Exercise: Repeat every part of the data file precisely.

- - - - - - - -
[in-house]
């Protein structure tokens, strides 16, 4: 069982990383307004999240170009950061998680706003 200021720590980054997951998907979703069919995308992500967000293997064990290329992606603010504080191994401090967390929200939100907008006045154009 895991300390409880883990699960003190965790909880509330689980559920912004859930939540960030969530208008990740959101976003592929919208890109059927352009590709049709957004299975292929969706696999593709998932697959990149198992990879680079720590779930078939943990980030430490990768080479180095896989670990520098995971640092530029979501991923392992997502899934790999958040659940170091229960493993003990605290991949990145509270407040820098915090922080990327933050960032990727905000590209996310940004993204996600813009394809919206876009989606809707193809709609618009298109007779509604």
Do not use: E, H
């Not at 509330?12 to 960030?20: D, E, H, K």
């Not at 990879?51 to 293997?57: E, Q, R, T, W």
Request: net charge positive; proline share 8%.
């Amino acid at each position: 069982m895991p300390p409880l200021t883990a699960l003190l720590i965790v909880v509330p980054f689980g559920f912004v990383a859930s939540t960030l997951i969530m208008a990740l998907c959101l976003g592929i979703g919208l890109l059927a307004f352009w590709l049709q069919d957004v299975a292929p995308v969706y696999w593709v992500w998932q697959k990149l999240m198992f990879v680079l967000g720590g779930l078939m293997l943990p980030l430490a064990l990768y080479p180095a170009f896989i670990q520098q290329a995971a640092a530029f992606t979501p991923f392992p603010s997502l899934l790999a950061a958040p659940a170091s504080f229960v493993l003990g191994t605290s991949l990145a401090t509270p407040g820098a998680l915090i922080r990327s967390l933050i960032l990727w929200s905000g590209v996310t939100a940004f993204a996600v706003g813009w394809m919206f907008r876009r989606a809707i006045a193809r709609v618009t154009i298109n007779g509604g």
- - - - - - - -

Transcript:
[in-house]
């Protein structure tokens, strides 16, 4: 069982990383307004999240170009950061998680706003 200021720590980054997951998907979703069919995308992500967000293997064990290329992606603010504080191994401090967390929200939100907008006045154009 895991300390409880883990699960003190965790909880509330689980559920912004859930939540960030969530208008990740959101976003592929919208890109059927352009590709049709957004299975292929969706696999593709998932697959990149198992990879680079720590779930078939943990980030430490990768080479180095896989670990520098995971640092530029979501991923392992997502899934790999958040659940170091229960493993003990605290991949990145509270407040820098915090922080990327933050960032990727905000590209996310940004993204996600813009394809919206876009989606809707193809709609618009298109007779509604």
Do not use: E, H
């Not at 509330?12 to 960030?20: D, E, H, K």
């Not at 990879?51 to 293997?57: E, Q, R, T, W």
Request: net charge positive; proline share 8%.
């Amino acid at each position: 069982m895991p300390p409880l200021t883990a699960l003190l720590i965790v909880v509330p980054f689980g559920f912004v990383a859930s939540t960030l997951i969530m208008a990740l998907c959101l976003g592929i979703g919208l890109l059927a307004f352009w590709l049709q069919d957004v299975a292929p995308v969706y696999w593709v992500w998932q697959k990149l999240m198992f990879v680079l967000g720590g779930l078939m293997l943990p980030l430490a064990l990768y080479p180095a170009f896989i670990q520098q290329a995971a640092a530029f992606t979501p991923f392992p603010s997502l899934l790999a950061a958040p659940a170091s504080f229960v493993l003990g191994t605290s991949l990145a401090t509270p407040g820098a998680l915090i922080r990327s967390l933050i960032l990727w929200s905000g590209v996310t939100a940004f993204a996600v706003g813009w394809m919206f907008r876009r989606a809707i006045a193809r709609v618009t154009i298109n007779g509604g």